Hinduness – discovery of an attitude – Part 2

via Girish P published on June 22, 2015

Click here to read Part 1

“With every man, there is an idea; the external man is only the outward manifestation, the mere language of this idea within. Likewise, every nation has a corresponding national idea. This idea ( for India ) is – working for the world and is necessary for its preservation” -  Swami Vivekananda

One with nature – Naturally

Hindus like me overwhelmingly are seen to love animals. Our theoretical position in favor of vegetarianism is a matter of ethics more than just healthy eating habits. Our thoughts patterns are guided surreptitiously by our ‘ Vasudaiva kudumbakam’  Hinduness and the belief that the divine resides in every form. Every form of life is entitled to protection and nurture. Hindu mythology has, in its own way contributed to this idea. Have you noticed how almost every animal and bird is associated with a God in Hindu Mythology ? The elephant as the vehicle of Indra, Bull of Shiva and Parvati. Vulture is associated with Vishnu, Even the mouse is revered as the vehicle of Sri Ganesha. Thus every act of dana to others  is an offering to the divine self. Do you know that we have  temples in India which feed mice, and rituals where snakes are given milk ? All life is sacred. No life-form is haram.

As for our attitude towards nature, for Hindus it is -  Matha Bhoomi or Mother earth . Our approach to the environment is one of devotion – not exploitation. The west is slowly veering towards this concept. The west started off with ‘Exploitation of nature’ as a model of development. Then they tried for a transactional relationship. Now they understand environment as a crucial issue and are coming around to the view that the best attitude to ensure environmental protection is to cultivate devotion towards ‘Mother earth’. Do you know that the annual ‘Earth Day’ in the USA in 2011 started with ‘Prithvi Sukta’ from Atharva-Veda (composed around 1200 BCE)  invoking the Goddess earth ? The suktha says – ‘Mata Bhumih Putroham Prithivyah: ‘Earth is my mother, I am her son’ and is considered as the oldest and the most evocative environmental invocation.
Just as Hinduness resonates with in modern environmentalism, Yoga and Meditation too has gone international in a big way with adherents world-over adopting new variations to suite their lifestyles. Today Yoga has far more devotees than many belief systems. One has to just Google ‘Yoga’ or ‘Yoga in America, Europe’ to see its spread.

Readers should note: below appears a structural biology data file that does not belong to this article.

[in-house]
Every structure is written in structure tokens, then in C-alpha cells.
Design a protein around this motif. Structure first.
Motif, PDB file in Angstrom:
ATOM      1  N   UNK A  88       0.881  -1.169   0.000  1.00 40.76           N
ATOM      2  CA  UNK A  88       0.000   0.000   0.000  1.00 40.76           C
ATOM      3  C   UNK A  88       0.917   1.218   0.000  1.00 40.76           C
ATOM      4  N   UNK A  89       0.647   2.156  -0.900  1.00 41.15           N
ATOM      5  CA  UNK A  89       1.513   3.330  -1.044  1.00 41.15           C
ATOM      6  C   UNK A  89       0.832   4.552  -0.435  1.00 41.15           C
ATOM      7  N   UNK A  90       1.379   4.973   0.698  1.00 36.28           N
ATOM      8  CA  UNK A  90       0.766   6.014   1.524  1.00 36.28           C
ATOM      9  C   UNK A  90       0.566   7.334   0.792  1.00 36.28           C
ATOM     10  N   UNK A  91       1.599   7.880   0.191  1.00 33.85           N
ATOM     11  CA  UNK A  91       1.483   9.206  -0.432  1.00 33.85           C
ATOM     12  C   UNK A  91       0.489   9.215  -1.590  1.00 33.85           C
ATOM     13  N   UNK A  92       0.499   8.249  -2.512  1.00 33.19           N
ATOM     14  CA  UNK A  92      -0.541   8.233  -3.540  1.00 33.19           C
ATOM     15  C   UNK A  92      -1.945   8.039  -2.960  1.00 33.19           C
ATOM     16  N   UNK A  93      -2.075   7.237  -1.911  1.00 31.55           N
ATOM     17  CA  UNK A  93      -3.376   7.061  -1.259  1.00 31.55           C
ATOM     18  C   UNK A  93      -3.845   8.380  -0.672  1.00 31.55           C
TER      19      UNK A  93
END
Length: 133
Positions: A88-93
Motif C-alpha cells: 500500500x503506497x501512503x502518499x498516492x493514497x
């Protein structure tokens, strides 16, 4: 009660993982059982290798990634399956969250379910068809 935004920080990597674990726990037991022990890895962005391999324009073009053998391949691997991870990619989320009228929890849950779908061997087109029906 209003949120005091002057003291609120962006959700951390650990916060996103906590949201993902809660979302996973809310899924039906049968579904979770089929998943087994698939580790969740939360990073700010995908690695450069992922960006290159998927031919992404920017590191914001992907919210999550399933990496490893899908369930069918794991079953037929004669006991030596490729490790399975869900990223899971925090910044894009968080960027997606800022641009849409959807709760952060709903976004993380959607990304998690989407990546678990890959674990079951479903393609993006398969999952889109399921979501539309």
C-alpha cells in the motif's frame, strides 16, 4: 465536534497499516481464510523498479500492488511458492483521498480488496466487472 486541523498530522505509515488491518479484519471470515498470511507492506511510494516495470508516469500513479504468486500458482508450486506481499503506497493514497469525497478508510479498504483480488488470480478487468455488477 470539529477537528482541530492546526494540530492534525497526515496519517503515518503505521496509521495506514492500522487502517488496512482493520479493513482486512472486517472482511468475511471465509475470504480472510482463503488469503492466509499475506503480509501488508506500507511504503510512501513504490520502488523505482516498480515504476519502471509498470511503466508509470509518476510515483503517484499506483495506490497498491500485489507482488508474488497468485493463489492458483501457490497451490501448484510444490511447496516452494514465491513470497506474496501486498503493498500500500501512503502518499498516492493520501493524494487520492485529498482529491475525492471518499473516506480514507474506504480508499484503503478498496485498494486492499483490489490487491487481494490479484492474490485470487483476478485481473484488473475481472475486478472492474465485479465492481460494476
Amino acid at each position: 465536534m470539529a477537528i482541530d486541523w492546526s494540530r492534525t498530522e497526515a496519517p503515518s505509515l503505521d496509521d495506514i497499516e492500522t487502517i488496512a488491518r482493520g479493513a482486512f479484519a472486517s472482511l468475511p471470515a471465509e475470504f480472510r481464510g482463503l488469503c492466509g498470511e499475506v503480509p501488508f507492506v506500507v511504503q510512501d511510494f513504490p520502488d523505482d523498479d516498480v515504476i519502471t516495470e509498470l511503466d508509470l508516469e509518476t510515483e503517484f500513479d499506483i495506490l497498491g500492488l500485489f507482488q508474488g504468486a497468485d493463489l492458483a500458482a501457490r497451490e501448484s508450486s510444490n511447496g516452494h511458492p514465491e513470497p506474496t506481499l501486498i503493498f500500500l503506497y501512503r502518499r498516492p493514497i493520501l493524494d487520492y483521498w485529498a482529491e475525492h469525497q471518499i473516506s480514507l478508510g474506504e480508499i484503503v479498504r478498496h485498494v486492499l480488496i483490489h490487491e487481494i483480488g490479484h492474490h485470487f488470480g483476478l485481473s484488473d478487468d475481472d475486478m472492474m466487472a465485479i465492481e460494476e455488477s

The world is slowly veering towards our philosophy. Inclusive Hinduness is seen by many as the method by which the present issues of conflicts can be addressed. The conflicts which see around us today – In Syria, Iraq, Afghanistan or Nigeria stems from the poisonous ‘ We have the monopoly over truth’ attitude. The best antidote would be to address issues at the fundamental level by effectively countering divisive  ideas with an inclusive one. The idea that there are different paths to the same truth and that divinity in all peoples should nullify the ideologies fuelling religious and sectarian conflicts. Thus, along with democracy, secularism, healthy living and  environmental conservation,  the message of peace can be ours too.

I am not implying everything is so rosy at home. Our country continuous to be plagued by material poverty, illiteracy and associated maladies. A land where the themes of Kabir and Ravidas were revered is seen to retain the stigma of casteism even today. Even so, India has come a long way fighting these evils – but we need to go farther.  Only an empowered people of a strong nation can make a difference and claim to be ambassadors of change.  We have to master our weakness – our lack of knowledge about our country and its culture, lack of discipline and our reluctance for teamwork. We need to learn about our past in order to be proud and confident about ourselves to move towards the future. Our Hinduness is not a gift which we can confine to ourselves. It is so powerful, this attitude, that it can move the whole world. It is the spark which can set the world aflame and take it into a new millennia of light. 

The essence of Hinduism is derived from Vedic religion. So one would still continue to be called Vedic even if he or she has never visited India, read any Indian text but still follows the basic tenet of rejecting falsehood, accepting truth, and being inclusive. Hence the identity of Hinduness transcends geographic barriers. It has the dynamism to adapt itself to the diversities of the whole world and to make it a better place. To understand this and to understand who we really are is the first step towards making a fundamental difference in the world.

(Concluded )

Disclaimer : This is my personal discovery of Hinduness and should not be construed as being that of any association.

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